The Caribbean and Britain

The Caribbean is the convenient name for the 40 island nations, including two mainland states, stretching in an arc of nearly 4,000 kilometers from Cuba in the northwest Caribbean Sea to Trinidad and Tobago off the Venezuelan coast. With the exceptions of Haiti, Cuba, and Grenada, the region tends to be reduced by most Europeans and North Americans to an exotic tourist site; the history of brutal force which its natural beauty conceals is ignored. Diverse in language, race, culture, religion, and political organization, these island nations have endured intense colonial rule - political subjugation, expropriation of human labor and natural resources, regulation of cultural and educational formation, replication and imitation of graded social and pigmented hierarchies. Myths and symbols of white superiority and black inferiority reinforced this imperium in church and society well into the late twentieth century.

The November 1971 meeting of the Caribbean Ecumenical Consultation for Development was a first effort to break with the prevailing Eurocentric missiol-ogy. The essays in Troubling of the Waters (Hamid 1973) represent an effort to theologize from this new standpoint. Under the rubric of Caribbean theology, Noel Erskine (1998) and Kortright Davis (1982, 1983, 1990) have advanced the complex question of identity in the region, while Lewin Williams (1994) pressed the question in geopolitical terms. These theologians owe a debt to the pioneering work of Leonard E. Barrett, whose Soul-Force (1974) argued the persistent and pervasive influence of African religio-cultural heritages in the Caribbean diaspora. But, to date, the most trenchant black political theology in the Caribbean has come from Rastafarian musician Bob Marley.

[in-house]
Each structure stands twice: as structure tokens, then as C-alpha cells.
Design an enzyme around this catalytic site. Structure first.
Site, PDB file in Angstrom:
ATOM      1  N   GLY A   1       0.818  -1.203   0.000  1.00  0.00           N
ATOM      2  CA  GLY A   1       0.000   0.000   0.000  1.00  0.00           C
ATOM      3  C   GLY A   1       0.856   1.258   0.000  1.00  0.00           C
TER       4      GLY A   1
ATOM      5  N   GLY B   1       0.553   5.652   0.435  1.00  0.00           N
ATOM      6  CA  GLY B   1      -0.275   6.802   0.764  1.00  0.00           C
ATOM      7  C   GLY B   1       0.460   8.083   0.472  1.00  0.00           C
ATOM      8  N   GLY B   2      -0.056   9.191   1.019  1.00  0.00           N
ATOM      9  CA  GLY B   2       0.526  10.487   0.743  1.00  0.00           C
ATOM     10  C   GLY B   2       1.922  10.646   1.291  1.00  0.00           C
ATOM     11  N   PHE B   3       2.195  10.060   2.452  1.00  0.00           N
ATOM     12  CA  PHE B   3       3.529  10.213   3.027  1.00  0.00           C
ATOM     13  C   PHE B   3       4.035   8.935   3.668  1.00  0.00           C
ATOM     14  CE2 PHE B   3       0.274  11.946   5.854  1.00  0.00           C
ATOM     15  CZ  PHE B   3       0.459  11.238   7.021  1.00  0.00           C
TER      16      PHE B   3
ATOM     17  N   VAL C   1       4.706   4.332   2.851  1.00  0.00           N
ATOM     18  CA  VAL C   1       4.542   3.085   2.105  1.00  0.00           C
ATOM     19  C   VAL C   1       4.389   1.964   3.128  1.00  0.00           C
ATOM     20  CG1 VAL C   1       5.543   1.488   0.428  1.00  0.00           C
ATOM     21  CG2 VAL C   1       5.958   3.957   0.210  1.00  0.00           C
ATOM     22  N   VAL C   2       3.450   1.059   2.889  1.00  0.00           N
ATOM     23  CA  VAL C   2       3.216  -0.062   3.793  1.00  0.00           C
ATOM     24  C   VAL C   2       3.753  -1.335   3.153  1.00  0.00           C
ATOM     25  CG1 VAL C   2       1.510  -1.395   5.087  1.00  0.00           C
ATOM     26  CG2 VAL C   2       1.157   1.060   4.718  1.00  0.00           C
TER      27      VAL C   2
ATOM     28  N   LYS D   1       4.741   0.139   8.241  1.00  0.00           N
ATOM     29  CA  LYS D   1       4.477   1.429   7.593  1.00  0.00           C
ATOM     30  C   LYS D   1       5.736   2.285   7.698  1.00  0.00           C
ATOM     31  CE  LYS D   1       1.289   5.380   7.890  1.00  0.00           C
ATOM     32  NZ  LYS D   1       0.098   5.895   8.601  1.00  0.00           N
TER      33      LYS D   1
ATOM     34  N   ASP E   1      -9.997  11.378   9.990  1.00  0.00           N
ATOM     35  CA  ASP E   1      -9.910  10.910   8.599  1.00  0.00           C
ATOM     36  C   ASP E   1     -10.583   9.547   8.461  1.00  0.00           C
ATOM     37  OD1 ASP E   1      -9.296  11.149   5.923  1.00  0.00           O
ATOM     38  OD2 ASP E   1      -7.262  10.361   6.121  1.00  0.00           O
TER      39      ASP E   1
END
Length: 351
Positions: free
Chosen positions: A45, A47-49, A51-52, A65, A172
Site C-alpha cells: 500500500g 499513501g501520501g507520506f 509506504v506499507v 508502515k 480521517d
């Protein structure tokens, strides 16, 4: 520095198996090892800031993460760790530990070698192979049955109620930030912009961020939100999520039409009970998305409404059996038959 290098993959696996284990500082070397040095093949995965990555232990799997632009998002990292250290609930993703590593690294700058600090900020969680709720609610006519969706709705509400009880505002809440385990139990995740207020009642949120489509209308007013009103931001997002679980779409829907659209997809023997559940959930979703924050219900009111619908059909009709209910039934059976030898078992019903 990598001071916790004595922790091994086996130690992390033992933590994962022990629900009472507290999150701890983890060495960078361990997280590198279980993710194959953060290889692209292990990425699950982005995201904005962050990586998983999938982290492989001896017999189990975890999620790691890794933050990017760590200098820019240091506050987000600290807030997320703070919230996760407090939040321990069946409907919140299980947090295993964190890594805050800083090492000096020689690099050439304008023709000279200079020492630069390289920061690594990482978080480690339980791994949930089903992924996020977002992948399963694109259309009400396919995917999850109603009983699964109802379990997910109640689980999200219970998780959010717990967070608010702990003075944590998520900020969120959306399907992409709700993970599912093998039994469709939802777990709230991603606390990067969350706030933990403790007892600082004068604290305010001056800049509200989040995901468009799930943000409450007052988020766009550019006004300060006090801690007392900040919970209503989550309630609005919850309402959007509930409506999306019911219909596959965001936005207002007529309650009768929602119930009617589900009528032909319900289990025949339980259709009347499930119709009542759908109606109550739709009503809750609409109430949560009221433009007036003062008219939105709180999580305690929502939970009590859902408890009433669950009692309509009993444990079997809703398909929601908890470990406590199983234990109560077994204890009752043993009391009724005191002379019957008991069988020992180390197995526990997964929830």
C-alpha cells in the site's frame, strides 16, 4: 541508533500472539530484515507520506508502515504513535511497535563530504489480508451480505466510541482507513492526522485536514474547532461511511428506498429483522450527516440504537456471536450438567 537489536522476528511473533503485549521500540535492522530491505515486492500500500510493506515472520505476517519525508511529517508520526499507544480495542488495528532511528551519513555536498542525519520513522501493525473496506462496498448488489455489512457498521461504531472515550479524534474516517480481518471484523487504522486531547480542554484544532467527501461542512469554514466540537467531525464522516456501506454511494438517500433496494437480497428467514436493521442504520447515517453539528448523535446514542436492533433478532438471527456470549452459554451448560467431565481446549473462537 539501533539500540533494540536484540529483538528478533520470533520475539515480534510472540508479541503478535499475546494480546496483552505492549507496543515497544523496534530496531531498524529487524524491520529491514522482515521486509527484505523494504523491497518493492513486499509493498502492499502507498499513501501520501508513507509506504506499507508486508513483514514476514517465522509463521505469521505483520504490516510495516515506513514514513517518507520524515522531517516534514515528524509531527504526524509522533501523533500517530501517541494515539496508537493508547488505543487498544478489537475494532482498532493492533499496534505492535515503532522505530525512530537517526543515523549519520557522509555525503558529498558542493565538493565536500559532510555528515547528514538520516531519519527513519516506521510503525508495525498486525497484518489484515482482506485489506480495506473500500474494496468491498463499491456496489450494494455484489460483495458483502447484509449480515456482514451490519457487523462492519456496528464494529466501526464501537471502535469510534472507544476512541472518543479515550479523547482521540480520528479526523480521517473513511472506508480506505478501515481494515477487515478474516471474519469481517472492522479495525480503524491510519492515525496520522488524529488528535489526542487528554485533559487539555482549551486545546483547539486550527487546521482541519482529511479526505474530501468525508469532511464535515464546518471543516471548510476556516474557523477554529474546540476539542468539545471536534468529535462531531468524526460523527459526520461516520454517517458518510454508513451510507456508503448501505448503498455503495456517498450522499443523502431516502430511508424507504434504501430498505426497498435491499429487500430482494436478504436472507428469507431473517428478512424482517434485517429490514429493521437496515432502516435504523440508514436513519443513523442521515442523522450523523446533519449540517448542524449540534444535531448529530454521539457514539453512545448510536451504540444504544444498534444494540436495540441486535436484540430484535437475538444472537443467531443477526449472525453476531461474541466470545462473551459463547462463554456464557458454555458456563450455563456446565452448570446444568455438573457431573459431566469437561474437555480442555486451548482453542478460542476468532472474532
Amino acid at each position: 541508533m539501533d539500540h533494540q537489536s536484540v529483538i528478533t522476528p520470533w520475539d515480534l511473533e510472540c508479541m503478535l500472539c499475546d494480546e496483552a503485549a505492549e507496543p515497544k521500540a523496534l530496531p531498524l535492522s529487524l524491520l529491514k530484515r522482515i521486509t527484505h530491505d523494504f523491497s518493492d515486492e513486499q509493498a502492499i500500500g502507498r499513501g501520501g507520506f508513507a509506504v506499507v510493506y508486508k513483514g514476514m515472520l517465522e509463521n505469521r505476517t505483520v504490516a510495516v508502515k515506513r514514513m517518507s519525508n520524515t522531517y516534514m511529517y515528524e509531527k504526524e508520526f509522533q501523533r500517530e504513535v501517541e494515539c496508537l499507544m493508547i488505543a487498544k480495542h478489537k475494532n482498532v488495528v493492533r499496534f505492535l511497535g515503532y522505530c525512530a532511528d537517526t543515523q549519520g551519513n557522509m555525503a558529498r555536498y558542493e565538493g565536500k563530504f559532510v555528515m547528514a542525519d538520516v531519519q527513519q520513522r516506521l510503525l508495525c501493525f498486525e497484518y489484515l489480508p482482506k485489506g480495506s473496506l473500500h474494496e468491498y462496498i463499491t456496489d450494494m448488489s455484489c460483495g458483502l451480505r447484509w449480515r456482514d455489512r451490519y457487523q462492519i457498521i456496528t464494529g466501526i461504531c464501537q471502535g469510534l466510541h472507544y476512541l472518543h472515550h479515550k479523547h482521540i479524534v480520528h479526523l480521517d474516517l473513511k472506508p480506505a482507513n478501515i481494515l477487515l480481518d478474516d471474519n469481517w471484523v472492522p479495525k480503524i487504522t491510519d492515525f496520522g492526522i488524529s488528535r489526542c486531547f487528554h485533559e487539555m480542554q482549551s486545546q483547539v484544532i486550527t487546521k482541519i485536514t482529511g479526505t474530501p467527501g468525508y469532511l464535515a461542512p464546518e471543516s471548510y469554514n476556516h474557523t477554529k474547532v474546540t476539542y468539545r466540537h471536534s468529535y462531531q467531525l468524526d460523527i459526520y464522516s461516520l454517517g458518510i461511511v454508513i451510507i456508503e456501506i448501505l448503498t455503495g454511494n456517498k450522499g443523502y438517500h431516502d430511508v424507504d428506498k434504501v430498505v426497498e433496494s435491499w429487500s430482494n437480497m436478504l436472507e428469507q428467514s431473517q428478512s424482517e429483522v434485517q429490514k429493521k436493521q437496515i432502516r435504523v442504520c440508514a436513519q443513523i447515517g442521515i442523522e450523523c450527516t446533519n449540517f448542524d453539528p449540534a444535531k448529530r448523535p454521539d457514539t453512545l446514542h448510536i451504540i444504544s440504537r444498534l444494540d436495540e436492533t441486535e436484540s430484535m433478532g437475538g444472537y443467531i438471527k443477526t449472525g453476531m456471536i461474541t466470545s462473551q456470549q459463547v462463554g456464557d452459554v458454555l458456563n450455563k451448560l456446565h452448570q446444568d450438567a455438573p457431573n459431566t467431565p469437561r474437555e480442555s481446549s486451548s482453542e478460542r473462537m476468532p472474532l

African-descended people have lived in Britain for centuries, but the 500 passengers on the MV Empire Windrush's 1948 voyage from the Caribbean to Tilbury formed the vanguard of a widespread migration from Asia, Africa, and the Caribbean which has been dubbed "recolonization" (Phillips, 1998). The Windrush passengers were seeking educational and economic opportunities; however, post-World War Two Britain did not prove immediately hospitable to His Majesty's 'other children,' and bitter conflicts over housing climaxed in the Notting Hill race riot of 1958 (Gilroy 1991). By the 1970s, Caribbean people were an acknowledged part of the British population and began to redefine British identity and develop black British culture. In this endeavor, Jamaican reggae, Rastafarianism, the British black power movement, and African liberation themes fused in black British dread culture which was hospitable to the migrations of black and womanist theologies in the late 1980s. The best-known proponents of black theology in Britain are Robert Beckford, who seeks to formulate a political-cultural theology that is not disengaged from his pentecostal faith (1999), and Joe Aldred, whose work concentrates on pastoral questions.

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